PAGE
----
VocalMaster A Speech Processor for Low Power Operators
Build this versatile and attractive accessory for the Yaesu FT-817 to give you more talk power.
I have had a lot of fun operating low power with my Yaesu FT-817 portable HF transceiver, but have often wished that it had some audio or RF
processing to add a little SSB punch. There are some excellent audio processing accessories available commercially, but I thought this would make a great homebrew project reminiscent of the early Heathkit days. With this in mind, I began to look for suitable building blocks to bring this idea to life.
I wanted to incorporate several design goals. First, the enclosure should be smaller than my radio, aesthetically pleasing, and made of steel or aluminum to provide RF shielding. Second, all of the components should mount on a printed circuit board with no point-to-point wiring to jacks or controls. Third, the input and output jacks must match the rig's microphone connector. Fourth, I wanted some visual feedback on what was going on inside the box, such as an output level meter. And fifth, a built-in signal generator for antenna tuning would be an added bonus. The end result would combine all of these features into a small package that includes RF filtering and front panel controls, and is powered from the rig's mic voltage.
One of the first challenges was finding a compressor IC that would operate on the 5 V dc available at my radio's mic jack. Several ICs are available that are used in professional audio equipment but they require ±12 V dc. The Analog Devices SSM2165/2166 series of ICs will operate on 5 V dc and I found several articles on their implementation. Unfortunately, the manufacturer has discontinued the dual in-line package (DIP) version of this device. They now only offer the chips as tiny surface mounted devices (SMD) that are much harder to install. After much consternation, I decided to prototype the circuit using a solderless breadboard and then lay out a printed circuit board.
The fact that the SSM2166 combines a mic preamplifier, noise gate, compressor and limiter into one IC explains its popularity. A low-noise voltage controlled amplifier (VCA) provides gain that is adjusted by a control loop to provide compression. The compression ratio can be varied from 1:1 to 15:1 relative to a rotation point. Signals above this rotation point, or limiting threshold, can then be limited to eliminate overload. A noise gate with adjustable time release prevents amplification of noise or hum. The unit performs all of this while boasting low noise and distortion over a 20 kHz bandwidth. The resulting microphone audio signal is thus optimized for communication use. Figure 1 shows the input-output response at different compression settings. Figure 2 provides the schematic and parts list.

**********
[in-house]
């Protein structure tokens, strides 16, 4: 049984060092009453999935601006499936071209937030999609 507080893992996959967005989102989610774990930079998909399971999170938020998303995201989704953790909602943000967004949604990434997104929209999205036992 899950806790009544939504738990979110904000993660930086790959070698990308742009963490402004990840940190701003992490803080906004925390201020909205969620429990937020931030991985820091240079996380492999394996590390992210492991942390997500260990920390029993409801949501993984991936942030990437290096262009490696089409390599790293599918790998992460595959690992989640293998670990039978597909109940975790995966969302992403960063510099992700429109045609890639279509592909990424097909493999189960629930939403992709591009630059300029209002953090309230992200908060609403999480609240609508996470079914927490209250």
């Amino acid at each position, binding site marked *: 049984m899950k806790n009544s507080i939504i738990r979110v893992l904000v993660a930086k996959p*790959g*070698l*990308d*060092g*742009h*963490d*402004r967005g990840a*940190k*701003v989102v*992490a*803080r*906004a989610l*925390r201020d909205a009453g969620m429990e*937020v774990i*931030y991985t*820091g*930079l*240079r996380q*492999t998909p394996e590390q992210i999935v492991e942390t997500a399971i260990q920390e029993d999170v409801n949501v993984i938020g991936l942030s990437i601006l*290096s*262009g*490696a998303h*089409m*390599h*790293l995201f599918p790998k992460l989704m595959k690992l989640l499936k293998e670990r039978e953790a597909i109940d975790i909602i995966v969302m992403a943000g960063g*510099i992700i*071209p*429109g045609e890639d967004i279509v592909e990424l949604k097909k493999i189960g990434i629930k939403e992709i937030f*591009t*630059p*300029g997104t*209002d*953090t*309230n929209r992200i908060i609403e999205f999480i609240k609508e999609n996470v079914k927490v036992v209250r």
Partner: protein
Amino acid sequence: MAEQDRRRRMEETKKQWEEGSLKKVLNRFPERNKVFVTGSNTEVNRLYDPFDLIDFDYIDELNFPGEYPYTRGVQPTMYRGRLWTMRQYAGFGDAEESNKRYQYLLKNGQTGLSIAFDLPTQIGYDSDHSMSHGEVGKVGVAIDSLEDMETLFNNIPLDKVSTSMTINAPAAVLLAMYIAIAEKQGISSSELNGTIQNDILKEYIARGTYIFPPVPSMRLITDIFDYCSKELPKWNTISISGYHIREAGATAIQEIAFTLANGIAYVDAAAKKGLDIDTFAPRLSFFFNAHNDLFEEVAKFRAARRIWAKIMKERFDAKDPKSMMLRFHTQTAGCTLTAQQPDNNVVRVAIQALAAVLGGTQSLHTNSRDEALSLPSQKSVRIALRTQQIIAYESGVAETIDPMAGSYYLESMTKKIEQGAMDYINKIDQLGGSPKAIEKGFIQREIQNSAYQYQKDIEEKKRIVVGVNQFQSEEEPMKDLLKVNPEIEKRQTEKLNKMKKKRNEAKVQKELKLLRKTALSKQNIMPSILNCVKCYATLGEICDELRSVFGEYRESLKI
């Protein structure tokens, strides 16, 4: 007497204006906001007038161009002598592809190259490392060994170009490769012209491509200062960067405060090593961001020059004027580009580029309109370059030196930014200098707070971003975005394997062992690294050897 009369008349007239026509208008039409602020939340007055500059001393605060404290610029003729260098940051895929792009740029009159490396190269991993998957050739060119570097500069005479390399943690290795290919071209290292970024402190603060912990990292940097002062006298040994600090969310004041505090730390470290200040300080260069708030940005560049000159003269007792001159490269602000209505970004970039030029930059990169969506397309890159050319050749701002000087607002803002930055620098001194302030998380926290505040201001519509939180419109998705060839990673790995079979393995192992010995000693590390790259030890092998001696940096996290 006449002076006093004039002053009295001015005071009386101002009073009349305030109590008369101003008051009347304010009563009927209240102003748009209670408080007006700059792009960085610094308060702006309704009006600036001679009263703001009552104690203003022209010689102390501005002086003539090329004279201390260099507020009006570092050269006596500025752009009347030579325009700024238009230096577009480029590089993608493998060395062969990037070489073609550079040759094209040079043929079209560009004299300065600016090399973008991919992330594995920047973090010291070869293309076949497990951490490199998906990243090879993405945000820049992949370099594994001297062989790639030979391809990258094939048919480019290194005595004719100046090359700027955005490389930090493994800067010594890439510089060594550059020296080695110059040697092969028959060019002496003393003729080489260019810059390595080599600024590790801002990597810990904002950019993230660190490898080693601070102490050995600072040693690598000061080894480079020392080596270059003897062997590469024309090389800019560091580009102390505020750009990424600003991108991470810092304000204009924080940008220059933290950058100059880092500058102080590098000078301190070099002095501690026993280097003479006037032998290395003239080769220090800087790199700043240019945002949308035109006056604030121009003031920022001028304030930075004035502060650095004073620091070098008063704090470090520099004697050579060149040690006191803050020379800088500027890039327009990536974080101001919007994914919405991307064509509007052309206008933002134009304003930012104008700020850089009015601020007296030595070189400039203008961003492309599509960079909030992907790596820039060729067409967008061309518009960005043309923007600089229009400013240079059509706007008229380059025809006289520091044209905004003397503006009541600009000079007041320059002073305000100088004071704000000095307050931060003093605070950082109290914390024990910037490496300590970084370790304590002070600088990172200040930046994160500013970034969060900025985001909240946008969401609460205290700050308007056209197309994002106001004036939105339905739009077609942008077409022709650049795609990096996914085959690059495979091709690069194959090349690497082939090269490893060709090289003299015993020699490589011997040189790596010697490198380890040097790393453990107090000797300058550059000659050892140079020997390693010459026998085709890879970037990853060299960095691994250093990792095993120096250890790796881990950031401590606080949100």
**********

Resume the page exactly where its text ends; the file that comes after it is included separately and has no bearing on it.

All user controls are accessible from the front panel. While they may end up being set-and-forget controls after they have been properly adjusted, I prefer to have them within easy reach for tweaking. The potentiometers were selected to fit in the small enclosure and do not require knobs. BYPASS switch S1 toggles the processing IN and OUT to let you get signal report feedback and for FM use. Switch S2 establishes the level detector averaging time constant. With S2 in the FAST position, the attack time is 22 ms and the release time is 240 dB/s. With S2 the SLOW position the attack time is 220 ms and the release time is 12 dB/second.
The processor, U1, an SSM2166,2 has its input buffer gain initially set to 6 dB and the VCA gain is set to 0 dB. The NOISE GATE control sets the noise gate threshold. Turning clockwise reduces the threshold and sets the level below which input signals are downward expanded at a ratio of 1:3. The COMP RATIO control establishes the compression ratio over the range of 1:1 to 15:1. Turning clockwise increases the ratio. The LIMITING THRESHOLD control determines the level at which limiting begins. Turning clockwise reduces the level at which limiting occurs.
Output Level Meter
The output of U1 (pin 13) is fed to U2, an LM324. Amplifiers U2A, U2B and U2C form a precision full-wave peak detector that drives the input of U4, an LM3915. U4 is set for dot mode and drives low current LEDs to minimize the current demand. Illumination of the green LEDs with an occasional yellow LED indicates output levels in a "safe" area of operation. The red LED indicates a distorted signal and should rarely illuminate if everything is adjusted properly. Trimpot R19 allows the meter to be adjustable.
Mic Input and Output
The RJ-45 microphone input jack at J1 matches the FT-817 microphone. The microphone output at J2 uses a similar connector and is connected to the FT-817 microphone input via a standard CAT-5 computer network patch cord. The microphone and patch cables are not shielded. Instead, they rely on the fact that twisted-pair wires inherently reject noise. All eight microphone wires employ ferrite beads to attenuate any RF. If your VocalMaster is for a radio with different mic connectors, make the appropriate substitution of connector types to fit your radio and microphone.
A novel circuit for providing an 800 Hz tuning signal is provided by U3, a CD4093. U3C forms an astable oscillator with the frequency determined by 2/(R27 x C14). A square wave will be produced at pin 10 whenever pins 2 and 6 are pulled low. R28 and C15 form a simple 160 Hz low-pass filter that modifies the output into a triangular wave. U3D powers down U1 when the signal generator is active and mutes the microphone. To activate the generator, press and hold the microphone push-to-talk (PTT) button and then press the DOWN button. The functionality of the microphone UP, DOWN, and FAST buttons are not affected.